By the time we arrived in Arica we were both very tired. However, our break in Arica wasn’t for very long! We got back into town and then immediately looked at booking flights to Santiago de Chile, the capital of Chile. It is 2,000 kilometers from Arica and Pancho wasn’t about to drive there so he told me I would need to book a flight.
My Reasons To Visit
I needed to go to Santiago to sort out my US visa for my return journey anyway. Back then Hungarians had to get a visa to visit the US and it cost me $140! I was a bit shocked! It is now so much easier with the ESTA service and it only costs $14 for two years. I also wanted to look around a little in the nation’s capital.
Santiago de Chile
Santiago is a super modern city with skyscrapers, underground lines, buses and a very modern feel to it all. We flew with the national airline LAN. It wasn’t a non-stop flight, instead it stopped off in Iquique, Antofagasta, La Serena and then Santiago. I’d never been on a flight like that – never even knew that some airlines do stopovers like this.
Santiago totally reminded me of Frankfurt, the German Mainhatten. In Santiago I stayed at Pancho’s friend’s flat while the two of them went off for five days to the south to visit a blueberry plantation. By then I was fed up with visiting plantations so I decided to stick around in Santiago.
Pancho’s friend was so kind to let me stay at her flat! The embassy was only a five minute walk from home and I got my visa in half an hour. I could not believe my luck to have got a flat for free in one of the richest parts of Santiago. It was a three bedroom flat, with a separate room for the maid with her own entrance. Pancho’s friend had a cleaner who came once or twice a week and they told me off for washing up my dishes. They told me to leave them dirty otherwise she had nothing to do…!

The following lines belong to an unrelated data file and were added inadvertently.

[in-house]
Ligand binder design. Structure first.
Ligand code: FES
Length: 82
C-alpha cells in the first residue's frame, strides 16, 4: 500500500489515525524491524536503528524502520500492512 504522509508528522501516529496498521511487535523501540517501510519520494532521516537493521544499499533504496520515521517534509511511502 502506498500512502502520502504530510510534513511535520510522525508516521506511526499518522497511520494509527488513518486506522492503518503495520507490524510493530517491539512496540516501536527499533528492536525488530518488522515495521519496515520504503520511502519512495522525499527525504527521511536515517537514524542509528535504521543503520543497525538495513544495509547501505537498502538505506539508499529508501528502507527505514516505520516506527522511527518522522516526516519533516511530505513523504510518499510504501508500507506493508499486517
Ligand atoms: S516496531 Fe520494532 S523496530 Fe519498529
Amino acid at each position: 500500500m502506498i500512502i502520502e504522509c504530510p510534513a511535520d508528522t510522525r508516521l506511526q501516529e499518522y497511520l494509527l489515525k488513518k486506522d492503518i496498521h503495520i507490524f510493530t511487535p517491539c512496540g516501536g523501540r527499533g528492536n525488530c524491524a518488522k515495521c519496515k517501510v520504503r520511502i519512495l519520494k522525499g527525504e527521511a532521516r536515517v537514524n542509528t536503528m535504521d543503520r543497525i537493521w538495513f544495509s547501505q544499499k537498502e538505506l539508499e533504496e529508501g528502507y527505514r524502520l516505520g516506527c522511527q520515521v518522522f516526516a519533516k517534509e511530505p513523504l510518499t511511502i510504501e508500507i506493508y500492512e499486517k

Pancho introduced me to some rich people in town who invited me for lunch and then dinner. They had a private cinema with an archive collection which we watched all night long. I decided that one day I would start my own collection of newsreels and documentaries from before the 1990s. I also met Rosita for lunch and she showed me around in her lab, which was super modern with the latest equipment.
Santiago was not expensive at all, on the contrary, lunch was cheaper than in Arica. I was lucky because when I arrived the air quality was pretty good too – it felt cleaner than in Edinburgh. Santiago was incomparable to Lima, the capital of Peru. Peru is twice as big as Chile, rich in oil, rainforests, agriculture, mines and so on. Yet, Chile is like five times richer than Peru with modern transport systems, clean airports, good motorways and everything else you can imagine. It really is like a modern European country.
One thing I totally didn’t expect was how modern Santiago was. Pancho had a car at the airport and so we drove to town. It was absolutely incredible: there were motorways everywhere and they even had several miles underground like in Boston or Stuttgart! After that I no longer thought of Chile as a third world country!
What I don’t understand is how this is possible that two neighbouring countries like Peru and Chile can be so different in mentality, finance and in just about everything? The city was full of lovely European style houses, stuck in between the skyscrapers, it was clean and I felt safe.
The population in the south of Chile, including Santiago is direct descendants of Germans, so it is no wonder everything is so organized and clean. Even the President, Michel Bachelet looked completely German and almost identical to Angela Merkel. The city was full of nice parks, museums and there were a number of cinemas, although not many of them played English speaking movies. Unfortunately I lost the photos I took so what you see on this page are from Google.
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